Home' Central Canterbury News : June 19th 2013 Contents 6 CENTRAL CANTERBURY NEWS, JUNE 19, 2013
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Harvest with a vitamin boost
This column is adapted from
the e-newsletter Get Growing
from New Zealand Gardener.
To subscribe to Get Growing
visit the NZ Gardener website
at nzgardener.co.nz, and
click on the Get Growing tab.
To subscribe to NZ Gardener
visit mags4gifts.co.nz or call
0800 mags 4 gifts.
RICH SOURCE: Rose hips are rich in vitamin C:
HARVEST ROSE HIPS
When fruit was scarce during the
wartime, rose hip syrup was
prescribed to children. That's
because rose hips are rich in vitamin
C -- by weight, they have 20 times
more vitamin C than oranges, so
they're brilliant natural flu fighters.
The best time to forage for rose
hips is after the first frosts. Any
rose will do, but rugosas have lovely
To make your own rose hip syrup,
roughly chop the ripe red hips and
place in a large pot with just enough
water to cover. Simmer for an hour,
then strain through a jelly bag or a
sieve lined with a double-folded
Return the juice to the boil and
simmer to reduce its volume, then
add sugar to taste -- you'll need up to
1 cup sugar per 1 cup juice. Take a
tablespoon daily during winter to
keep lurgies at bay.
GROW YOUR OWN
If you want to be eating sweet, juicy
strawberries all summer, now's the
time to establish your own straw-
berry bed. Strawberry plants are
available in garden centres now and,
if you get them in the ground quick
smart, they'll be flowering by late
August and fruiting six to eight
weeks after that.
Strawberries need full sun. Make
sure you're not planting them
somewhere that ends up shaded by
overhanging trees. They also need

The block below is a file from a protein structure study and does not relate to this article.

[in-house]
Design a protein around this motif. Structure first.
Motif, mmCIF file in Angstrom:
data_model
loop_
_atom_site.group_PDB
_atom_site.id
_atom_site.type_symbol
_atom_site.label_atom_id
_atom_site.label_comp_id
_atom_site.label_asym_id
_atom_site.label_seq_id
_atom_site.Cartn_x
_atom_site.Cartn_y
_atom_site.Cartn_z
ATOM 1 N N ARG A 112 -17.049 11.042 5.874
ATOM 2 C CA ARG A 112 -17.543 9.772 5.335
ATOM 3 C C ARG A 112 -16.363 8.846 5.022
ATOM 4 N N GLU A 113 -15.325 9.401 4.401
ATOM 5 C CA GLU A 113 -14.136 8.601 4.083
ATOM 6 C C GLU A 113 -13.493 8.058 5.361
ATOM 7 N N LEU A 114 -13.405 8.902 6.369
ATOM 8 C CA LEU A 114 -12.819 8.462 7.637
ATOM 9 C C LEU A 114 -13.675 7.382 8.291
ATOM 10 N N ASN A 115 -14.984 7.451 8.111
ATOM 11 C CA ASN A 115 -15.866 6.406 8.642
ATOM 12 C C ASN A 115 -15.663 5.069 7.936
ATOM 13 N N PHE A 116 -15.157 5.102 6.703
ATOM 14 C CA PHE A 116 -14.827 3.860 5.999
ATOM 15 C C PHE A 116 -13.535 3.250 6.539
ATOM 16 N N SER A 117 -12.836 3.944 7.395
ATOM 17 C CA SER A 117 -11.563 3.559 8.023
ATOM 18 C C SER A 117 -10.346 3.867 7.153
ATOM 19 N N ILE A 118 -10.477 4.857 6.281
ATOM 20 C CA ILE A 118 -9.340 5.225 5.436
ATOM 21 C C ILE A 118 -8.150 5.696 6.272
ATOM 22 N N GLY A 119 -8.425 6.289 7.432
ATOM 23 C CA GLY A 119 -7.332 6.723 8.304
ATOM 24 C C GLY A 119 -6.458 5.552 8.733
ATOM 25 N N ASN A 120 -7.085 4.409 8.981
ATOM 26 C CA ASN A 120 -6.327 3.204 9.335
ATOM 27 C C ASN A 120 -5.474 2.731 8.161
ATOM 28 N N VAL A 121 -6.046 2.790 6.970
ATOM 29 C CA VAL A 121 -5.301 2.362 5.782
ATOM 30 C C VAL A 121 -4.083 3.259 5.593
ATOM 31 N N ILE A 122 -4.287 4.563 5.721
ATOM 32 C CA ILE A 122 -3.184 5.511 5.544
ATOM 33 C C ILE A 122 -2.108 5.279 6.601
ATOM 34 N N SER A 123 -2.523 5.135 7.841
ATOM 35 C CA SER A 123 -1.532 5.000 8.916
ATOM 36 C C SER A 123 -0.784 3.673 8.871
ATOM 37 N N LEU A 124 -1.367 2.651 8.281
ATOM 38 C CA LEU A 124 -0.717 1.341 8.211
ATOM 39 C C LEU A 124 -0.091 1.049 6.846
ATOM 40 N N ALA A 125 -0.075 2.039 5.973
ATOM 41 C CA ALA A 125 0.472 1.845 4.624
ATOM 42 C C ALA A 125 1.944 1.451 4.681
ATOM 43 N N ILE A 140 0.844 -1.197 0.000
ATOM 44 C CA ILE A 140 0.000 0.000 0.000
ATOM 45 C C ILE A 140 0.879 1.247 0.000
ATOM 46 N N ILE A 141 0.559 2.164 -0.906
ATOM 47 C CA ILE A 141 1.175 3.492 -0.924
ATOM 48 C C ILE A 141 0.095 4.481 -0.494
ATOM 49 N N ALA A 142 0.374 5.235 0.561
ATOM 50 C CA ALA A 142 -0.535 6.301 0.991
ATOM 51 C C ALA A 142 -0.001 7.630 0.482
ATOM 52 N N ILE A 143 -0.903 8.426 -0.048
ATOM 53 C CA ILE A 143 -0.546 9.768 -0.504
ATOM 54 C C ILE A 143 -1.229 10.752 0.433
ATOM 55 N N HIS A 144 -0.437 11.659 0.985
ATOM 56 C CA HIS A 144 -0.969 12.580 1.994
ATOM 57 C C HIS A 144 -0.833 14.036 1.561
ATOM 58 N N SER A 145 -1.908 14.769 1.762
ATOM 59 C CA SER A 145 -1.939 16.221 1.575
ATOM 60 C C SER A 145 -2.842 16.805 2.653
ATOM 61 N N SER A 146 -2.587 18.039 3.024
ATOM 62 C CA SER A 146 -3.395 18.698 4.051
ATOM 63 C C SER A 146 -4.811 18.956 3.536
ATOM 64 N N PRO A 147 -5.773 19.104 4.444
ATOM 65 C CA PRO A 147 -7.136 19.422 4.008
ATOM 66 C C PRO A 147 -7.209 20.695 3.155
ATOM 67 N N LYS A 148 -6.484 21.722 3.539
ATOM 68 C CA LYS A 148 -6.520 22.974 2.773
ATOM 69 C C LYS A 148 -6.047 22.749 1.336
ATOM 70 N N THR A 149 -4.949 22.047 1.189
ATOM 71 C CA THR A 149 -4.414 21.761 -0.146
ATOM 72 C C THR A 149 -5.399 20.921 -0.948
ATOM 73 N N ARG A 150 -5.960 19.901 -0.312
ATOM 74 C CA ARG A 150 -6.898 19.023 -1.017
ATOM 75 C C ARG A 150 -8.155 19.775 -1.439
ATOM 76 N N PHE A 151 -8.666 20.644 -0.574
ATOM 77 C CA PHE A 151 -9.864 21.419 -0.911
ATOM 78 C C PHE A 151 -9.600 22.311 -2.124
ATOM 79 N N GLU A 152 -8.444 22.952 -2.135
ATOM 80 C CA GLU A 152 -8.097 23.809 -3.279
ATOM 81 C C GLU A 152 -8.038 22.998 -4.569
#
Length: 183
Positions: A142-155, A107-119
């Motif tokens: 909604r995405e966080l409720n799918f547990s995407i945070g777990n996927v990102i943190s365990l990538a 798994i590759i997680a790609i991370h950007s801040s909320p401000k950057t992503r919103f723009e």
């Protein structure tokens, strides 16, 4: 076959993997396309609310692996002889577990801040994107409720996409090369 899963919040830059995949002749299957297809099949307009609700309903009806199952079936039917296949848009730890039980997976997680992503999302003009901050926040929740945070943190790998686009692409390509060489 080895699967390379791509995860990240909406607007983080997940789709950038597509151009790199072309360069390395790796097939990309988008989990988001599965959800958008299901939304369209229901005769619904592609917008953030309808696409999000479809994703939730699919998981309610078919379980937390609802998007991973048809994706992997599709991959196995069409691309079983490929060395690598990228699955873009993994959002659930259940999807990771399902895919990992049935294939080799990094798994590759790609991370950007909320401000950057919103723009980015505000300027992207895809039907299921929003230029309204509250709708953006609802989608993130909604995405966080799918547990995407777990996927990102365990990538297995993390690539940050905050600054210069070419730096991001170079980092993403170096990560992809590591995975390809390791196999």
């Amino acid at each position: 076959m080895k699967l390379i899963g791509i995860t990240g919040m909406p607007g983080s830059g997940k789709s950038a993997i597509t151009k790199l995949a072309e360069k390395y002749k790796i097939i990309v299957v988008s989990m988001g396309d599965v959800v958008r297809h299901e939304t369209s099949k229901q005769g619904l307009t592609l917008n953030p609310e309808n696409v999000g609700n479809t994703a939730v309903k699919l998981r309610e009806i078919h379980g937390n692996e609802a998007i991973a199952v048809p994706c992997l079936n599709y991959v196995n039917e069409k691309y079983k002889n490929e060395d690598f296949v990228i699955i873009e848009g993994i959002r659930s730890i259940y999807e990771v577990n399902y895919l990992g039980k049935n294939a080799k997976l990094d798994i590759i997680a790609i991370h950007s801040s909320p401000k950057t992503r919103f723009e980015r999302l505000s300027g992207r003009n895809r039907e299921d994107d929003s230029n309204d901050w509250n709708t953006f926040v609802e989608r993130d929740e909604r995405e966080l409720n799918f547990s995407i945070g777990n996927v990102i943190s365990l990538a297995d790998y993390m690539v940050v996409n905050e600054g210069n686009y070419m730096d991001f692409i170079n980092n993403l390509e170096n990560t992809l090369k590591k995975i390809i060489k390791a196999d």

free-draining soil. In waterlogged
conditions, the crowns can rot out.
Wet soil also makes the ripening
fruit susceptible to botrytis and
mould, so it's a good idea to slightly
mound up the soil and plant on top.
Commercial growers mound up the
soil and then cover it with black
polythene punctured with plant-
ing holes. The black plastic also
speeds up ripening.
Give strawberries their own
dedicated bed and make sure it
can be netted to keep the birds
off. You might want to hammer
in solid wooden stakes at each
corner, so netting can be flung
over the top later on.
Use mulch -- sawdust and pea
straw are popular -- to keep
weeds down and lift the fruit off
the soil surface.
Dig in strawberry food at
planting time and apply liquid
fertiliser fortnightly (mix it into
lukewarm water over winter) to
promote quick growth.
If your plants produced rooted
runners last season, you can
also snip them off now. Trans-
plant into fresh soil -- or give
away as gifts.
BUY NEW FRUIT TREES
It's the enthusiastic orchardist's
favourite time of the year: fruit
tree buying season. Check out
the selection of bareroot fruit
trees arriving in garden centres.
Bareroot trees are well-priced
and easy to plant, as you don't
have to lug heavy potted trees
around the place. Be in quick --
the most popular varieties sell
SHIFT TREES, SHRUBS
As well as planting new trees,
now's the ideal time to shift dor-
mant deciduous trees. Dig a
trench around the plant you
want to shift, 30cm out from the
trunk. Carefully lever out the
rootball from the soil and place
it onto a tarpaulin to drag it to
its new spot and replant.
Make sure you stake tran-
splanted trees securely to help
avoid wind rock while your tree
is establishing its support net-
work of new roots.
PLAN FOR WINTER
If you're already tiring of roast
dinners and mashed spuds, pot
up some containers of winter
salad greens. Growth is slow
during the coldest months, but if
you can keep your pots on a
sunny, sheltered deck or in a
tunnelhouse, you can still enjoy
crisp winter salads. A few tips:
Sow or plant cut-and-come-
again or loose leaf lettuces, rat-
her than hearting types. That
way you can pick baby leaves,
rather than waiting for the
whole lettuce to mature.
Sow or plant baby spinach, and
in frost-free areas, beetroot for
its red leaves.
Sow perennial arugula. It's
similar to rocket and does well
in the garden this time of year.
Arugula is fairly slow growing
and won't bolt to seed as readily
as annual rocket.
Corn salad or lamb's lettuce is
as tough as boots in winter. Pop
in plants or sow seed in trays to
snip as baby leaves.
Miner's lettuce has lovely
fleshy leaves for winter salads.
It self-seeds too, so once you've
got a patch going, it'll pop up
year after year.
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